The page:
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October 28, 2019 - S&P 500 Brushes Record High

| October 28, 2019

U.S. stocks gained for a third straight week, and the S&P 500 Index brushed record highs. Stocks rose  as discussions around the United Kingdom’s (U.K.) exit from the European Union (EU) (Brexit) led to U.K. lawmakers rejecting a proposal to “fast‐track” a deal before October 31. The EU is considering  another Brexit deadline extension, a positive development for markets as it decreases the chance of a no‐deal Brexit. Stocks got an extra boost from positive trade headlines October 25, which briefly pushed the S&P 500 over its July 26, 2019, record closing high of 3,025.86 before closing slightly below that level.

Economic data took a backseat to headlines. Markit manufacturing Purchasing Managers’ Index (PMI) data released October 25 showed global manufacturing remained sluggish as the Eurozone and  Germany’s manufacturing PMIs remained well in contractionary territory (below 50). U.S. durable goods data also showed domestic demand continued to slow in September.

Global stocks climbed for a third straight week. The MSCI EAFE Index of developed‐market equities  rose 1.1% through October 24, poised for its third straight week of gains. The Euro Stoxx 50 Index rose to its highest level since January 2018 amid optimism that the Brexit deadline could be pushed out once again. The MSCI Emerging Markets Index rose 1.3% through October 24, reaching a three‐month  high.

Value stocks generally outperformed growth stocks during the week, even though the Nasdaq Composite led returns among major indexes we track. Energy led sector returns as oil prices jumped, while financials, industrials, and technology outperformed. Only consumer discretionary and real estate suffered losses for the week.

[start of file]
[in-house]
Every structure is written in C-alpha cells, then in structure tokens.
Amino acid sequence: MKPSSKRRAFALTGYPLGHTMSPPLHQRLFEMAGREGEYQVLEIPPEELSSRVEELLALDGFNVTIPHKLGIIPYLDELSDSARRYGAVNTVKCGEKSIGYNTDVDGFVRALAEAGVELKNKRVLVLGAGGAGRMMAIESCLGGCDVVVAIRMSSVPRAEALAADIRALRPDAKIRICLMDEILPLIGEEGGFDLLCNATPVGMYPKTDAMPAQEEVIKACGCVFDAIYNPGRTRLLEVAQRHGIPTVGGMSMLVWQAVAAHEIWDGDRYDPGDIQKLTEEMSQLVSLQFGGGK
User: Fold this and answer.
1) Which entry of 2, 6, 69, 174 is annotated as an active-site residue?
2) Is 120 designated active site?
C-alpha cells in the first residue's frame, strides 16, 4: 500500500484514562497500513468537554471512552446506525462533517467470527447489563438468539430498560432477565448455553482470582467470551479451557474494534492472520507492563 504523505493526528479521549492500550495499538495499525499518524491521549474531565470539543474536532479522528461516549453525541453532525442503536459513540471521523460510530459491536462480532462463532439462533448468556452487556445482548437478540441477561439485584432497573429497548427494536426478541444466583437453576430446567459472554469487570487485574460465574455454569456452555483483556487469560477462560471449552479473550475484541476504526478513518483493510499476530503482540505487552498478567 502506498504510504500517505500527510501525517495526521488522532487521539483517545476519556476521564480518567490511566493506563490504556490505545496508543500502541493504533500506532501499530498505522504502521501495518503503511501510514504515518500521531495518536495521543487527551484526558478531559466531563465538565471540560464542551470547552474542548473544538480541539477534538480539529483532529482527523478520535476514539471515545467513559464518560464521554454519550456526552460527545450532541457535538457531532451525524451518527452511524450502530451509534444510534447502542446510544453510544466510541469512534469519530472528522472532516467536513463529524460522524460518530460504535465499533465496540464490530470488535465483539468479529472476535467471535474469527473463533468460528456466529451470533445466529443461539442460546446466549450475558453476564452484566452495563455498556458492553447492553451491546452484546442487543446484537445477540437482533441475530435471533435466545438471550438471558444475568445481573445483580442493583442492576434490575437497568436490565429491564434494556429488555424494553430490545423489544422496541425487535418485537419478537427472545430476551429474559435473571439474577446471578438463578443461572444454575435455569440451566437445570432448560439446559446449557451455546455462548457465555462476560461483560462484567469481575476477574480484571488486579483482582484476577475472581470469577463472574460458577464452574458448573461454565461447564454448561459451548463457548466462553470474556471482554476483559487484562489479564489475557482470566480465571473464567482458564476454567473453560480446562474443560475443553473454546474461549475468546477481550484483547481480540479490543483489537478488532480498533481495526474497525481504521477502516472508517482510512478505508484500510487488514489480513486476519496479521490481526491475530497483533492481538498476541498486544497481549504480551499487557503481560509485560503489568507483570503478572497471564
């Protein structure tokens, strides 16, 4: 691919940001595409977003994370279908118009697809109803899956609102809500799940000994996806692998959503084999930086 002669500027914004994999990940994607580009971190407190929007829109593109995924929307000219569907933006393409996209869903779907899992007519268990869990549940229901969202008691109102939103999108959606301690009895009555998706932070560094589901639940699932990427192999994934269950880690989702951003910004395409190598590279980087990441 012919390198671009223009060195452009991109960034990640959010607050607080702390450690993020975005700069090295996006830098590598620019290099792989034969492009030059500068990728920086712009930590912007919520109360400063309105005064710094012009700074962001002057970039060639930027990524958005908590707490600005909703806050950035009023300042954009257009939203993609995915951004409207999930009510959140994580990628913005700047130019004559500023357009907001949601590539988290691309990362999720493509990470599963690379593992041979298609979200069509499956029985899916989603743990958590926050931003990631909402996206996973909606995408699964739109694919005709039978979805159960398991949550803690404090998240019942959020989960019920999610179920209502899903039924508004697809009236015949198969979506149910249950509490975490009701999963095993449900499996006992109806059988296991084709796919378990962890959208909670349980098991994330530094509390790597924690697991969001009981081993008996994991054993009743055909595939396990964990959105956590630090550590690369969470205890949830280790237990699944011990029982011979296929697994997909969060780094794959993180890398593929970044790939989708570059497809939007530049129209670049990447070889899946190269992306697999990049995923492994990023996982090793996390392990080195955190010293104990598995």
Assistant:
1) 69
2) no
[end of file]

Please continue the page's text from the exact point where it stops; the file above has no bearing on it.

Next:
Fixed income markets trended sideways for a second straight week. The Bloomberg Barclays U.S. Aggregate Index, a composite of U.S. corporate and government bonds, was unchanged on the week through October 24. Global sovereign debt led all fixed income returns, while municipal bonds lagged. Still, the 10‐year U.S. Treasury yield climbed to a one‐month high October 25, even as Treasuries were relatively unchanged.

The U.S. dollar climbed after three straight weeks of losses. Oil prices rose the most in six weeks amid signs of a decrease in stockpiles. Gold prices increased, and copper prices climbed to a three month high.

Next week, the calendar is unusually packed with economic events. The most notable event will be the Federal Reserve’s (Fed) policy announcement October 30, followed by Fed Chair Jerome Powell’s post‐meeting press conference. U.S. investors will also get a look at updated Conference Board Consumer Confidence Index data, Personal Consumption Expenditures data, Markit and Institute for  Supply Management manufacturing data, the October nonfarm payrolls report, and the initial look at third‐quarter gross domestic product (GDP). It’ll be a busy week for earnings results as well, with more than 150 S&P 500 companies scheduled to report. Internationally, the third quarter Eurozone GDP report headlines the docket.



This material is for general information only and is not intended to provide specific advice or recommendations for any individual. There is no assurance the products or strategies discussed are  suitable for all investors or will yield positive outcomes. All performance referenced is historical and is no guarantee of future results. The economic forecasts set may not develop as predicted.

All indexes are unmanaged and cannot be invested into directly. Unmanaged index returns do not reflect fees, expenses, or sales charges.

Index performance is not indicative of the performance of any investment. Sector data is represented by S&P 500 GICS sub‐indexes.

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This research material has been prepared by LPL Financial LLC.

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